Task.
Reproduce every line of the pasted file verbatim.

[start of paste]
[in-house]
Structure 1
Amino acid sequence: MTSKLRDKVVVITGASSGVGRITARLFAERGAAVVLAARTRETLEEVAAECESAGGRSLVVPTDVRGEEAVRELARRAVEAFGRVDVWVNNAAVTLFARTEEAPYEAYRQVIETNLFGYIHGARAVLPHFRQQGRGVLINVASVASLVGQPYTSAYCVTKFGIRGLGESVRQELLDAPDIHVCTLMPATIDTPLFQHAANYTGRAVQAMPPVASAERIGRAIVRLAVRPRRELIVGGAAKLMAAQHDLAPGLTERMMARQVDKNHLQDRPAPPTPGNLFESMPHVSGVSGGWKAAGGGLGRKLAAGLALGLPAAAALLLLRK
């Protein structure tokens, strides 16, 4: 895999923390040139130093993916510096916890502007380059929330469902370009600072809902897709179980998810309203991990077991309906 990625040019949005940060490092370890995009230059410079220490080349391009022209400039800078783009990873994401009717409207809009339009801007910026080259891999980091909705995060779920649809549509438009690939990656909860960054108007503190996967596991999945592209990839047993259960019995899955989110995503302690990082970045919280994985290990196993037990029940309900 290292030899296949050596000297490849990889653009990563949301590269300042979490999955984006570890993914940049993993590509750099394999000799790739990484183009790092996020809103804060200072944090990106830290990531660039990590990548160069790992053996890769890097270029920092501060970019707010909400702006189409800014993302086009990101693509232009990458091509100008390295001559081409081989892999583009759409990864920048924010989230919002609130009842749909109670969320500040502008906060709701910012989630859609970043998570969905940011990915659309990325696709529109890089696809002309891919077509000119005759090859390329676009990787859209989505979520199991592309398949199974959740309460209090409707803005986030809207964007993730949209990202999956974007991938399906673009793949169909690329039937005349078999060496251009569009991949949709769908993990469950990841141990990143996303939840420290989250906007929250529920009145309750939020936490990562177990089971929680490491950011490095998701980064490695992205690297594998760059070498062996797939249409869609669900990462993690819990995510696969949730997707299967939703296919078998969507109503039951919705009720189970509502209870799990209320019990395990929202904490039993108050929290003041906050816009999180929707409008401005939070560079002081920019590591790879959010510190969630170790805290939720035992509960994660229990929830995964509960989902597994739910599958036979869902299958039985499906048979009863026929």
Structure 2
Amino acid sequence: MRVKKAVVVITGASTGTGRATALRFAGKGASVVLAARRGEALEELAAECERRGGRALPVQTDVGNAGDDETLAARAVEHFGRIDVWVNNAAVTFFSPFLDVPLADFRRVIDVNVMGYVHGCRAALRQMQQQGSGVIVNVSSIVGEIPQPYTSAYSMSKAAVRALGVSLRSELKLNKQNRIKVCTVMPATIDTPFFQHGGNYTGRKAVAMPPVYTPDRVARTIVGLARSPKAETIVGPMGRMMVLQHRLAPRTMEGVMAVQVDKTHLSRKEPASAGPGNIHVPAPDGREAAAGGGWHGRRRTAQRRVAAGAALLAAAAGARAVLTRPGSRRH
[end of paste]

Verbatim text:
[in-house]
Structure 1
Amino acid sequence: MTSKLRDKVVVITGASSGVGRITARLFAERGAAVVLAARTRETLEEVAAECESAGGRSLVVPTDVRGEEAVRELARRAVEAFGRVDVWVNNAAVTLFARTEEAPYEAYRQVIETNLFGYIHGARAVLPHFRQQGRGVLINVASVASLVGQPYTSAYCVTKFGIRGLGESVRQELLDAPDIHVCTLMPATIDTPLFQHAANYTGRAVQAMPPVASAERIGRAIVRLAVRPRRELIVGGAAKLMAAQHDLAPGLTERMMARQVDKNHLQDRPAPPTPGNLFESMPHVSGVSGGWKAAGGGLGRKLAAGLALGLPAAAALLLLRK
């Protein structure tokens, strides 16, 4: 895999923390040139130093993916510096916890502007380059929330469902370009600072809902897709179980998810309203991990077991309906 990625040019949005940060490092370890995009230059410079220490080349391009022209400039800078783009990873994401009717409207809009339009801007910026080259891999980091909705995060779920649809549509438009690939990656909860960054108007503190996967596991999945592209990839047993259960019995899955989110995503302690990082970045919280994985290990196993037990029940309900 290292030899296949050596000297490849990889653009990563949301590269300042979490999955984006570890993914940049993993590509750099394999000799790739990484183009790092996020809103804060200072944090990106830290990531660039990590990548160069790992053996890769890097270029920092501060970019707010909400702006189409800014993302086009990101693509232009990458091509100008390295001559081409081989892999583009759409990864920048924010989230919002609130009842749909109670969320500040502008906060709701910012989630859609970043998570969905940011990915659309990325696709529109890089696809002309891919077509000119005759090859390329676009990787859209989505979520199991592309398949199974959740309460209090409707803005986030809207964007993730949209990202999956974007991938399906673009793949169909690329039937005349078999060496251009569009991949949709769908993990469950990841141990990143996303939840420290989250906007929250529920009145309750939020936490990562177990089971929680490491950011490095998701980064490695992205690297594998760059070498062996797939249409869609669900990462993690819990995510696969949730997707299967939703296919078998969507109503039951919705009720189970509502209870799990209320019990395990929202904490039993108050929290003041906050816009999180929707409008401005939070560079002081920019590591790879959010510190969630170790805290939720035992509960994660229990929830995964509960989902597994739910599958036979869902299958039985499906048979009863026929």
Structure 2
Amino acid sequence: MRVKKAVVVITGASTGTGRATALRFAGKGASVVLAARRGEALEELAAECERRGGRALPVQTDVGNAGDDETLAARAVEHFGRIDVWVNNAAVTFFSPFLDVPLADFRRVIDVNVMGYVHGCRAALRQMQQQGSGVIVNVSSIVGEIPQPYTSAYSMSKAAVRALGVSLRSELKLNKQNRIKVCTVMPATIDTPFFQHGGNYTGRKAVAMPPVYTPDRVARTIVGLARSPKAETIVGPMGRMMVLQHRLAPRTMEGVMAVQVDKTHLSRKEPASAGPGNIHVPAPDGREAAAGGGWHGRRRTAQRRVAAGAALLAAAAGARAVLTRPGSRRH